Letter: GM crop secrets

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The Independent Culture
Sir: As a scientist working in a university pharmacy department, I have followed the raging GM debate with interest. At first I was scornful of the term "Frankenstein food", failing to see the analogy between genetically modified crops and the reanimation of a cadaver.

However, after seeing the labours of Greenpeace and other "concerned" individuals, I can now see that this phrase is well used. Was not Frankenstein's monster hounded back to the grave by "concerned" individuals who did not (or could not) understand and were hence fearful?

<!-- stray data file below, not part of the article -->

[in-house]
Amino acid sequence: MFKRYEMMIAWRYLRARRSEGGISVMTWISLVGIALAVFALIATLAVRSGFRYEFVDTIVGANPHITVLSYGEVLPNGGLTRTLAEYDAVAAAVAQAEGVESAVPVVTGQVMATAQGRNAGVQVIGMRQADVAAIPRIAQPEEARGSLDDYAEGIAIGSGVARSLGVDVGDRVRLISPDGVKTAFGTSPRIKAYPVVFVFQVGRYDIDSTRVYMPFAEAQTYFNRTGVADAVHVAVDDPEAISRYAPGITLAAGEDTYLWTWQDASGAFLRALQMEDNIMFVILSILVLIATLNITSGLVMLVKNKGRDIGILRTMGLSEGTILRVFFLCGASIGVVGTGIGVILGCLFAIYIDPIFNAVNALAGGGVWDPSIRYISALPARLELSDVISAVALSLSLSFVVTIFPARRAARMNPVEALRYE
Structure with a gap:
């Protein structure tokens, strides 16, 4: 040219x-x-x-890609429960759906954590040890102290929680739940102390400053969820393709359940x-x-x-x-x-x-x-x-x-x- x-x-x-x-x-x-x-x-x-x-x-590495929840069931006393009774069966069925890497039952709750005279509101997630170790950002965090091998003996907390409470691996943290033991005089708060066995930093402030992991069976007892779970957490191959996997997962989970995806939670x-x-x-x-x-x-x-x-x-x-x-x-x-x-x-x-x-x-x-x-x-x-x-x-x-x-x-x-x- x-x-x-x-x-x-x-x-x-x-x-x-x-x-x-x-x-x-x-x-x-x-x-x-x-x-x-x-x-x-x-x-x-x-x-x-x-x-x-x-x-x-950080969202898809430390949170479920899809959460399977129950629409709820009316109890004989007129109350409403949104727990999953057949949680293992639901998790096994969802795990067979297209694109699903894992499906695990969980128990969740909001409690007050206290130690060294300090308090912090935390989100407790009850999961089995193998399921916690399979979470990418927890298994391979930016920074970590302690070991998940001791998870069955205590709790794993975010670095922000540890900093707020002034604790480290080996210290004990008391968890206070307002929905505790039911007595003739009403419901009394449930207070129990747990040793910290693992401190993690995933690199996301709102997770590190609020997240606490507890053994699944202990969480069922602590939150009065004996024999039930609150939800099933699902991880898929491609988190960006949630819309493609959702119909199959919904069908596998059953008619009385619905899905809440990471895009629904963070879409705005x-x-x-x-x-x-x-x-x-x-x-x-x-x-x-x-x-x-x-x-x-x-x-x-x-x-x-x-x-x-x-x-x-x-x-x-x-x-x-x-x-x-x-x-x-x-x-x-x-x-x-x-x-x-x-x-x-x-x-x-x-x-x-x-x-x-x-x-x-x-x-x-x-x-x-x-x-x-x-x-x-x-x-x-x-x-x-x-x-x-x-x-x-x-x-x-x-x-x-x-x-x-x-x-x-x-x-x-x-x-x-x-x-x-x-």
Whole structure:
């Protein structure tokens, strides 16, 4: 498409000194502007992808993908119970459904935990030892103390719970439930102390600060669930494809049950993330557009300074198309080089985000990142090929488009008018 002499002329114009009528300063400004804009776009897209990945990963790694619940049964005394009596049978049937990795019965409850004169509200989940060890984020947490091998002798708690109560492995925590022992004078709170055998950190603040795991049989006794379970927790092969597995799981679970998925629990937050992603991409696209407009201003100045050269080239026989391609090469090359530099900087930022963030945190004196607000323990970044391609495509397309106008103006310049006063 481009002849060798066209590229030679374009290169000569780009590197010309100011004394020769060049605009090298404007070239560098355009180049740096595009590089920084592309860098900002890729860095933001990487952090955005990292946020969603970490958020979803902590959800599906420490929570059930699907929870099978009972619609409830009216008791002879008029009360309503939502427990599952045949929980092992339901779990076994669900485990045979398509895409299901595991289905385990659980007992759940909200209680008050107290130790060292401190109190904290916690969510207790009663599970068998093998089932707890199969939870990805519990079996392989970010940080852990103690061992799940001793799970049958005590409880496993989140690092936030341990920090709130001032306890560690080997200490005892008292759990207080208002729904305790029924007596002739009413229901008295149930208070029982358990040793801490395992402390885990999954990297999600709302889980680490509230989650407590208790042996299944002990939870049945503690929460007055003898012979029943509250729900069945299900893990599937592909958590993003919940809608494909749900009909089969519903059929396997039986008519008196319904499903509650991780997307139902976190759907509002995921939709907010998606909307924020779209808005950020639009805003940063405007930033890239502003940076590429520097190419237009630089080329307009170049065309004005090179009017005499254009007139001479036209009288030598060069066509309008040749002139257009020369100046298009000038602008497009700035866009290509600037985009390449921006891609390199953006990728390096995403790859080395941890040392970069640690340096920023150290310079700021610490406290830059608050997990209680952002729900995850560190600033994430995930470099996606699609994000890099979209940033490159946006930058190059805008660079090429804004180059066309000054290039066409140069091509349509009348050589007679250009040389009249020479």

Not all scientists should be pigeon-holed as GM enthusiasts. Most of us are very concerned about the impact of GM crops on the environment and wish to see extensive research carried out to establish any hazards. It was with some dismay that I read your report, "We'll hold GM trials in secret, ministers warn". Some of us would like to see these test crops reach fruition openly and in the clear light of public scrutiny, without being demolished by over-zealous opponents. Only then can the country have any confidence in the results of these tests when they are published.


Warrington, Cheshire